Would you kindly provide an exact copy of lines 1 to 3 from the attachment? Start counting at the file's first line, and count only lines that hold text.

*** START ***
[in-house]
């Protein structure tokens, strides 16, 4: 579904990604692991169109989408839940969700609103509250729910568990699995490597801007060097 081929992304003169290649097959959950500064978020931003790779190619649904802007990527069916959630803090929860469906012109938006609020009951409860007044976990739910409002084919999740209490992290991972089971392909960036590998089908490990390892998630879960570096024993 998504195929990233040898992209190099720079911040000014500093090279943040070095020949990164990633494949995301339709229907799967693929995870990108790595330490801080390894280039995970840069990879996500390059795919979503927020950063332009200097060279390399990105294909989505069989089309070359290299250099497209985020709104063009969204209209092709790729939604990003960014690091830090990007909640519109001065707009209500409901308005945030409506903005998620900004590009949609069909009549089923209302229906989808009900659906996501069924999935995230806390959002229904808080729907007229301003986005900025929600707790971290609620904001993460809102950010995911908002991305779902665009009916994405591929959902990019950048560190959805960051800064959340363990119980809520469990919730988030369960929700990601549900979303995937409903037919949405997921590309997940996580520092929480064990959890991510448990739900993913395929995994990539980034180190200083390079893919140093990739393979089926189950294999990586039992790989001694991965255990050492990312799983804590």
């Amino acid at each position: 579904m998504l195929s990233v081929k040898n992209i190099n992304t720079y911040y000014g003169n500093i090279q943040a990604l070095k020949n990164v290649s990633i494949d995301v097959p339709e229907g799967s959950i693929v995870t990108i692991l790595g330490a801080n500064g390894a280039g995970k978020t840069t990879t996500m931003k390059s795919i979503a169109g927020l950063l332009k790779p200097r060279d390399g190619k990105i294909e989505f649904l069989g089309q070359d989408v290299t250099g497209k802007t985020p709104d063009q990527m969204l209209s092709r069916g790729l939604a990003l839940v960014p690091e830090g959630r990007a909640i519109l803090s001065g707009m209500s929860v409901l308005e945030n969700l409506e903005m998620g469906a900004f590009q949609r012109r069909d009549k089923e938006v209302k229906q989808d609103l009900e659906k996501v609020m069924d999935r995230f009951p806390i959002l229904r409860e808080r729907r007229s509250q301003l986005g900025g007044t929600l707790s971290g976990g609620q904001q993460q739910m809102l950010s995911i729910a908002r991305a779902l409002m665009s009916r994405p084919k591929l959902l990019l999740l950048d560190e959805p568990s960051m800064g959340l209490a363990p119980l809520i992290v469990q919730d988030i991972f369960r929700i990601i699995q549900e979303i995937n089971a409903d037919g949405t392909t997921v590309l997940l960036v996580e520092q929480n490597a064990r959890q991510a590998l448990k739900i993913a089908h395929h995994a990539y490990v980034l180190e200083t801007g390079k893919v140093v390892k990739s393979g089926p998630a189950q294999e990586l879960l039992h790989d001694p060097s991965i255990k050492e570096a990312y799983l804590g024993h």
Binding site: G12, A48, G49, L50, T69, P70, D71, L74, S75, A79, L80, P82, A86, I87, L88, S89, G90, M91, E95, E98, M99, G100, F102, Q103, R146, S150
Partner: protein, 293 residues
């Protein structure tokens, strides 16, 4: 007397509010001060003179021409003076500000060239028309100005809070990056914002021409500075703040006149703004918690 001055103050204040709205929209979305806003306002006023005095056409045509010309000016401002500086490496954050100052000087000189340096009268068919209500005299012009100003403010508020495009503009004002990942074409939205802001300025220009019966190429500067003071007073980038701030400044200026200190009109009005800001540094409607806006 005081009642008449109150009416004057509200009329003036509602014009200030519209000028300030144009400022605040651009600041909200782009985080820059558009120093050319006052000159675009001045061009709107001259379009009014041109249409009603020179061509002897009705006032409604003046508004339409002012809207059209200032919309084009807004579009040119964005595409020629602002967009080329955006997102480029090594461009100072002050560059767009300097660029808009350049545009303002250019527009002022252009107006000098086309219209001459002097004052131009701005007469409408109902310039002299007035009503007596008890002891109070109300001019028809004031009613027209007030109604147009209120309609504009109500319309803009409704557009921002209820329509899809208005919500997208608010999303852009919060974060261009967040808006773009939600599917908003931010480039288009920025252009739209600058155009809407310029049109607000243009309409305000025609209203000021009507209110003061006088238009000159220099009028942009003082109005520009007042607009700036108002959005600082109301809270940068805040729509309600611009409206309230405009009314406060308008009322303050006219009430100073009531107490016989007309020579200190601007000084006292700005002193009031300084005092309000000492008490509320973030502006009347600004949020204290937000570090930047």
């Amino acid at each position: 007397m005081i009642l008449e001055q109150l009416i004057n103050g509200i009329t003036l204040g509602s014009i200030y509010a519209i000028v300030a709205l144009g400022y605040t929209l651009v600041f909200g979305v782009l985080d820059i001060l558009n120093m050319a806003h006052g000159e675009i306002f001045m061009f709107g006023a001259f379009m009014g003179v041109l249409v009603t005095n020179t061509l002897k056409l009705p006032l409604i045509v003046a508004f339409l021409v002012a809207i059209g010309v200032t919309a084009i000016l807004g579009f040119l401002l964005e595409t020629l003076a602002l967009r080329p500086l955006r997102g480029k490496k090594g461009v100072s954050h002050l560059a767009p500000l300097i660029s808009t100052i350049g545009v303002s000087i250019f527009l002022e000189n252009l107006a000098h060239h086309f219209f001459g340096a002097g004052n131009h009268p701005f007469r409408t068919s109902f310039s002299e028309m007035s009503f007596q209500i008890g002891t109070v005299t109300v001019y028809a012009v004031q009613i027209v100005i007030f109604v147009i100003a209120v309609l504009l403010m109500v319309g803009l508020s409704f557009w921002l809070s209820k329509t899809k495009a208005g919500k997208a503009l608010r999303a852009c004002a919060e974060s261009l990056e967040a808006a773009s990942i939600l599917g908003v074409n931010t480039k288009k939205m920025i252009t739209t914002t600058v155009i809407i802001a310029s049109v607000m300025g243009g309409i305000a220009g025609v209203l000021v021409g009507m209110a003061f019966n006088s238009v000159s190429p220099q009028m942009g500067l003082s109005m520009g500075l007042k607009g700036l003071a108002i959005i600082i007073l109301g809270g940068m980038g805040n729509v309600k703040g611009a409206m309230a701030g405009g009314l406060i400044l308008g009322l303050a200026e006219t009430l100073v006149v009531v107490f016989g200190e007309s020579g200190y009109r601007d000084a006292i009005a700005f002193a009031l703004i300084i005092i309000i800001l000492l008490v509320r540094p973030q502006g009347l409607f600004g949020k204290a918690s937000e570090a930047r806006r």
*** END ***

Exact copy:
[in-house]
């Protein structure tokens, strides 16, 4: 579904990604692991169109989408839940969700609103509250729910568990699995490597801007060097 081929992304003169290649097959959950500064978020931003790779190619649904802007990527069916959630803090929860469906012109938006609020009951409860007044976990739910409002084919999740209490992290991972089971392909960036590998089908490990390892998630879960570096024993 998504195929990233040898992209190099720079911040000014500093090279943040070095020949990164990633494949995301339709229907799967693929995870990108790595330490801080390894280039995970840069990879996500390059795919979503927020950063332009200097060279390399990105294909989505069989089309070359290299250099497209985020709104063009969204209209092709790729939604990003960014690091830090990007909640519109001065707009209500409901308005945030409506903005998620900004590009949609069909009549089923209302229906989808009900659906996501069924999935995230806390959002229904808080729907007229301003986005900025929600707790971290609620904001993460809102950010995911908002991305779902665009009916994405591929959902990019950048560190959805960051800064959340363990119980809520469990919730988030369960929700990601549900979303995937409903037919949405997921590309997940996580520092929480064990959890991510448990739900993913395929995994990539980034180190200083390079893919140093990739393979089926189950294999990586039992790989001694991965255990050492990312799983804590």
């Amino acid at each position: 579904m998504l195929s990233v081929k040898n992209i190099n992304t720079y911040y000014g003169n500093i090279q943040a990604l070095k020949n990164v290649s990633i494949d995301v097959p339709e229907g799967s959950i693929v995870t990108i692991l790595g330490a801080n500064g390894a280039g995970k978020t840069t990879t996500m931003k390059s795919i979503a169109g927020l950063l332009k790779p200097r060279d390399g190619k990105i294909e989505f649904l069989g089309q070359d989408v290299t250099g497209k802007t985020p709104d063009q990527m969204l209209s092709r069916g790729l939604a990003l839940v960014p690091e830090g959630r990007a909640i519109l803090s001065g707009m209500s929860v409901l308005e945030n969700l409506e903005m998620g469906a900004f590009q949609r012109r069909d009549k089923e938006v209302k229906q989808d609103l009900e659906k996501v609020m069924d999935r995230f009951p806390i959002l229904r409860e808080r729907r007229s509250q301003l986005g900025g007044t929600l707790s971290g976990g609620q904001q993460q739910m809102l950010s995911i729910a908002r991305a779902l409002m665009s009916r994405p084919k591929l959902l990019l999740l950048d560190e959805p568990s960051m800064g959340l209490a363990p119980l809520i992290v469990q919730d988030i991972f369960r929700i990601i699995q549900e979303i995937n089971a409903d037919g949405t392909t997921v590309l997940l960036v996580e520092q929480n490597a064990r959890q991510a590998l448990k739900i993913a089908h395929h995994a990539y490990v980034l180190e200083t801007g390079k893919v140093v390892k990739s393979g089926p998630a189950q294999e990586l879960l039992h790989d001694p060097s991965i255990k050492e570096a990312y799983l804590g024993h």